Tuesday, December 9, 2008


Greece is rioting, again. The details seem rather sketchy, but apparently two police officers shot and killed a teenager in the Exarchia neighborhood in Athens, which set off Greece's very large anarchist community. Now, there are molotov cocktails being thrown about, the Christmas Tree on Athen's main Syntagma Square has been burned down, and there are pitched battles with police in Larissa and Thessaloniki.

I don't want to downplay the violence, or the death that sparked it. It's all terrible. But since it is getting play on CNN, perhaps American is getting just a glimpse of our not-so-friendly southern neighbors, beyond the beaches and feta. I'm always irked by the idea that Greece is a sunny bit of Western Europe, and across the northern border is the Slavic 'Dark Heart of Europe'. Greece is a Balkan country. It may have escaped communism, but at the expense of a bloody civil war and subsequent military dictatorship. Of course, this was during the Cold War, so the USA - and specifically, the CIA - was extremely supportive of those uniformed clowns. Combine that with a few hundred years of overly-romanticized Hellenism, and most people have an image of Greece that is very far removed from reality.

I should also say that the Greeks tend to riot and protest quite a bit. Greece has a very, very long political tradition of communism/leftism/anti-establishmentarians/anarchy, which eventually helped to bring down the military government in the 70's, after several bloody protests. These groups didn't fade away, though; there were terrorist attacks throughout the 80's and 90's by small leftist cells, usually without much injury. Every now and then they would torch a diplomatic vehicle, or launch a rocket at the US Embassy. No biggie, right?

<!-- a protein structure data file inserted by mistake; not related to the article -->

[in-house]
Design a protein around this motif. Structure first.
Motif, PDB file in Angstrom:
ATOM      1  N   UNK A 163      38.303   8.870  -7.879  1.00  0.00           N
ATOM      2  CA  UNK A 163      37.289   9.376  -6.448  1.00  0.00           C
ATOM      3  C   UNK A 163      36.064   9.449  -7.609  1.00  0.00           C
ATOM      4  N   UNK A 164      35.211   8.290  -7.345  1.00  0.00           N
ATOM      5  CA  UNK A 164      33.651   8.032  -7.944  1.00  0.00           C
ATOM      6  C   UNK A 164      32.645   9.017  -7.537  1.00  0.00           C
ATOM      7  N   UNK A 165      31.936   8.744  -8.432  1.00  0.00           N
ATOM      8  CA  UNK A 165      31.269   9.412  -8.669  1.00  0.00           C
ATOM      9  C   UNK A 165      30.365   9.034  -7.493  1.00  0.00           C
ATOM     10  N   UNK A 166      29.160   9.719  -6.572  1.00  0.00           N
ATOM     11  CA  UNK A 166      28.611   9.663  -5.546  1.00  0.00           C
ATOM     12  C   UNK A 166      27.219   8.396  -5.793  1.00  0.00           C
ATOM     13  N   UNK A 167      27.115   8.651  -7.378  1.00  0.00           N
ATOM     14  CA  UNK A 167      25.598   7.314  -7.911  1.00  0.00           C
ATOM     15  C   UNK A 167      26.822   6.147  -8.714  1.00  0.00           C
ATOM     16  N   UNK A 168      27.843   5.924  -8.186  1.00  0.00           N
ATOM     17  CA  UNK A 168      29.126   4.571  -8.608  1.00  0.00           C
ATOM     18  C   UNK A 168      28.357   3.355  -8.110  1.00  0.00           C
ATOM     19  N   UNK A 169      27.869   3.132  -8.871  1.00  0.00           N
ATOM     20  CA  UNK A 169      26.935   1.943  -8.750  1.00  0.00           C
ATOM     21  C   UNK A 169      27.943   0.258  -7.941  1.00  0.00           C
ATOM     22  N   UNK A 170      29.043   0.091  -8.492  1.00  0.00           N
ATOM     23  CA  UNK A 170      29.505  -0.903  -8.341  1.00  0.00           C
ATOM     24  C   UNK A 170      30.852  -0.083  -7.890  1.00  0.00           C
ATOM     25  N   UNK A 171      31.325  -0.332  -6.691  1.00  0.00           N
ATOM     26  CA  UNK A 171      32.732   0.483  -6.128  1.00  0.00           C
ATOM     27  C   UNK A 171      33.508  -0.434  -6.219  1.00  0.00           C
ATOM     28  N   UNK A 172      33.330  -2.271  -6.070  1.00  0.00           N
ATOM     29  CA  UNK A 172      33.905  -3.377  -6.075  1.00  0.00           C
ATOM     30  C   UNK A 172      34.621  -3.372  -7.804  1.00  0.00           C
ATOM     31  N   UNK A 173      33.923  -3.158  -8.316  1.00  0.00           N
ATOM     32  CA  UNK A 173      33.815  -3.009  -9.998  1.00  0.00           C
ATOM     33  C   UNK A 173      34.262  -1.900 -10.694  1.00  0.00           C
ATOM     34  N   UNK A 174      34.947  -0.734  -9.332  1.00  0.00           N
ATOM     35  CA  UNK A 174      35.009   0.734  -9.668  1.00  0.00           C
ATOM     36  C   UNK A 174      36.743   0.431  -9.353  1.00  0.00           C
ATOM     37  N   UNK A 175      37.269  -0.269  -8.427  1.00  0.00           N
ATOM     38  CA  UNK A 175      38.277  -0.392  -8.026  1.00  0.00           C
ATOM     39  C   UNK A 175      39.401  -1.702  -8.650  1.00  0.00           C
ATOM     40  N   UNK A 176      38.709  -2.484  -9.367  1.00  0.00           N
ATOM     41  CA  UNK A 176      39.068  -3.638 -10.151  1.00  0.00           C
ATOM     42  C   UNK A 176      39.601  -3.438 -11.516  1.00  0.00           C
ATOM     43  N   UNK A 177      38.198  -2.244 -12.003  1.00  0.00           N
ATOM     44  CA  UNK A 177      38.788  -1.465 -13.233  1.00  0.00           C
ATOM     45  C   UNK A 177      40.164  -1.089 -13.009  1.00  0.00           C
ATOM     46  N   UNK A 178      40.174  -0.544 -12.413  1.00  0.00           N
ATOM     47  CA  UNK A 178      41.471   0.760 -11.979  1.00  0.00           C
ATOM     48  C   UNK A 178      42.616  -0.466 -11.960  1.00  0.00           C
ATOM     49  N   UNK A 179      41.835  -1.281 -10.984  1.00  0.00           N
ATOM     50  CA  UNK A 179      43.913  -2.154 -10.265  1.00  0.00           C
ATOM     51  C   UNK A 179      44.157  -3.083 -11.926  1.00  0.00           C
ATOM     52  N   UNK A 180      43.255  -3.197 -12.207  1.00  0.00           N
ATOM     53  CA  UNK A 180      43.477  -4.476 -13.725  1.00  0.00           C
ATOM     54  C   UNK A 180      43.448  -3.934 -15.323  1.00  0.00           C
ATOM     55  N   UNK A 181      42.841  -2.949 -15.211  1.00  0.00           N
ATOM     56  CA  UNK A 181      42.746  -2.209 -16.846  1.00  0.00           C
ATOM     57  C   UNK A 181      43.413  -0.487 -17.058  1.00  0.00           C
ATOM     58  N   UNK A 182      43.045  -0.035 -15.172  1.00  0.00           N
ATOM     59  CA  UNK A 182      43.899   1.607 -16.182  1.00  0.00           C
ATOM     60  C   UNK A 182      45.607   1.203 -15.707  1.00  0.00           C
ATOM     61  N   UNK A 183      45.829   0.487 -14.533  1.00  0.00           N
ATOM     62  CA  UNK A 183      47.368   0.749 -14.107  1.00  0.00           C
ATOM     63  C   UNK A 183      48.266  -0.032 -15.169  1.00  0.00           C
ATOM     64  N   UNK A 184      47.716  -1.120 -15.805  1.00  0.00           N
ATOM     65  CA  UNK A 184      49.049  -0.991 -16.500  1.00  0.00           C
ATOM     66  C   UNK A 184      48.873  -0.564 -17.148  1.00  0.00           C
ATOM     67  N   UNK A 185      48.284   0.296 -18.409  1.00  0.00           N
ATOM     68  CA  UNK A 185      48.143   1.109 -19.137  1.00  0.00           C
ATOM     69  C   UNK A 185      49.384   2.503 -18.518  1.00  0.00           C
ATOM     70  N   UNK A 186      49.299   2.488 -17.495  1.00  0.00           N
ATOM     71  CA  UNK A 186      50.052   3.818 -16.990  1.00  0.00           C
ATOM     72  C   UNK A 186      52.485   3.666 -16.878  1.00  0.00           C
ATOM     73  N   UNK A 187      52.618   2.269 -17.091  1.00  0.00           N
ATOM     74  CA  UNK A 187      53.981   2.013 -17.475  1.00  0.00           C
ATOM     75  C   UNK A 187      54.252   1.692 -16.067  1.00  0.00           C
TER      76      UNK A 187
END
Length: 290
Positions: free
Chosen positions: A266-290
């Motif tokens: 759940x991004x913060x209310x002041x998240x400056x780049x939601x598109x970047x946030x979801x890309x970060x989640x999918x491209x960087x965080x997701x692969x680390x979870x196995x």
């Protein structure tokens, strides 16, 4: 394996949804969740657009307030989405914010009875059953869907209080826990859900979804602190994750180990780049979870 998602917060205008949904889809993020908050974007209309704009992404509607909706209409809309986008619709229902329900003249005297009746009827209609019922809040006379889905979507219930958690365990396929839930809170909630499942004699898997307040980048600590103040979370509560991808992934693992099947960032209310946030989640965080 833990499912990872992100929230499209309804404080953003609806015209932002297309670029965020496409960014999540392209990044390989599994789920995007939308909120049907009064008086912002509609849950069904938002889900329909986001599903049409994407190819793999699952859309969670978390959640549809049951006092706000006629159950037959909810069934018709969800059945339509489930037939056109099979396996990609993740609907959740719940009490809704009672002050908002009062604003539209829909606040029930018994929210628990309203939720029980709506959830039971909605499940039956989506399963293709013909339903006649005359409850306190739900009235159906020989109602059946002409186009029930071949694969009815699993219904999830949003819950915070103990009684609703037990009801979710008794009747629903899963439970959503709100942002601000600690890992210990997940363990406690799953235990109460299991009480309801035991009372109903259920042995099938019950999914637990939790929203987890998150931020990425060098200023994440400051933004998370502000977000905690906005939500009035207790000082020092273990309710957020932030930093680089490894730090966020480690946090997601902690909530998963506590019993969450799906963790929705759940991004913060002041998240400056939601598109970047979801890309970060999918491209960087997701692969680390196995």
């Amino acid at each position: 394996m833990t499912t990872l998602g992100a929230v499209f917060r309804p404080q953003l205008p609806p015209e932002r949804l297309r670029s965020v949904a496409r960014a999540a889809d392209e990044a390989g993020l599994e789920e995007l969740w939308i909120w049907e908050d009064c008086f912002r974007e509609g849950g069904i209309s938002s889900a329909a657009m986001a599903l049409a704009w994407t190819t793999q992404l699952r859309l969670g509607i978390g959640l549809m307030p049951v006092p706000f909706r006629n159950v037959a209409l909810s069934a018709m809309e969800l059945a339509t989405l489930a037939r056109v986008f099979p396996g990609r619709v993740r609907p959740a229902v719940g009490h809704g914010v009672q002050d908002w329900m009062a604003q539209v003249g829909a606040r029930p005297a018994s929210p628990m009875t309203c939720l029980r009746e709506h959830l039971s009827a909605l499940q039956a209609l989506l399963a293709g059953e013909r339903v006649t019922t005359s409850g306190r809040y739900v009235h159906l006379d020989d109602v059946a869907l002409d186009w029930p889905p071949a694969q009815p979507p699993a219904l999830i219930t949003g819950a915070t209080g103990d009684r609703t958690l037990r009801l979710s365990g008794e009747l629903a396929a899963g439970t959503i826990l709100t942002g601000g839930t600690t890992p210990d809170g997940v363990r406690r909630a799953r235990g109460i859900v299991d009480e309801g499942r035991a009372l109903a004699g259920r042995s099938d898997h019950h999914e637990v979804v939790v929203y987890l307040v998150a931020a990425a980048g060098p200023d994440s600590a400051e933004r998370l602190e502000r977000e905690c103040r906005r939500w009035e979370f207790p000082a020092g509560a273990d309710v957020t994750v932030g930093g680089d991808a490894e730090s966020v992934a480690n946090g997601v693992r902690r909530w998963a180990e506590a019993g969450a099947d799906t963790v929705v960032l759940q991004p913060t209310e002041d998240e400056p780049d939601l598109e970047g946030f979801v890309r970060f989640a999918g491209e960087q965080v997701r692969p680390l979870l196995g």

Even during my brief stay in Athens, students staged a bloody riot on Syntagma, and lobbed a molotov cocktail at a bank building near the Polytechnic University. An interesting note on this Polytechnic University - the riots that eventually brought down the military government started here, after a few students were gunned down. When the Greeks brought about their new government, a law was passed that no police officer could ever enter the grounds of the Technical University, as a sort of token protection for that revolutionary spirit. Therefore, during these riotous times, students or other protesters tend to occupy buildings on campus, without fear of arrest. It also means that quite a lot of drugs are peddled on campus . . . more so than a normal university, anyway.

Greece is a beautiful country with an amazing history. I'm happy to be in Macedonia, partially because I can take an easy vacation to Greece. And these riots are really terrible, and I hope they settle down soon, with minimum damage. But the media coverage - the English language coverage, that is - has an underlying premise of - "Riots? Christmas trees burned? How could this happen in sunny, white-marbled Greece?!"

Well, there are riots in Greece because there are always riots in Greece, because it is a complicated country of 10 million people, where there is a long history of violent protest against any and all types of authority. Hotels, package tour operators, and the Greek tourism industry are pretty careful to ignore that part of the country, for obvious reasons. Greece tries very hard to separate itself from the idea that it is 'Balkan'; it wants to project itself as just another EU country. This can make problems like political instability or riots seem like unexpected, surprising, unprecedented events, especially when reported piecemeal by the Western press. They puncture through a false - or, at least partially false - image, and that understandably makes people nervous.

Context, though, is key.

No comments: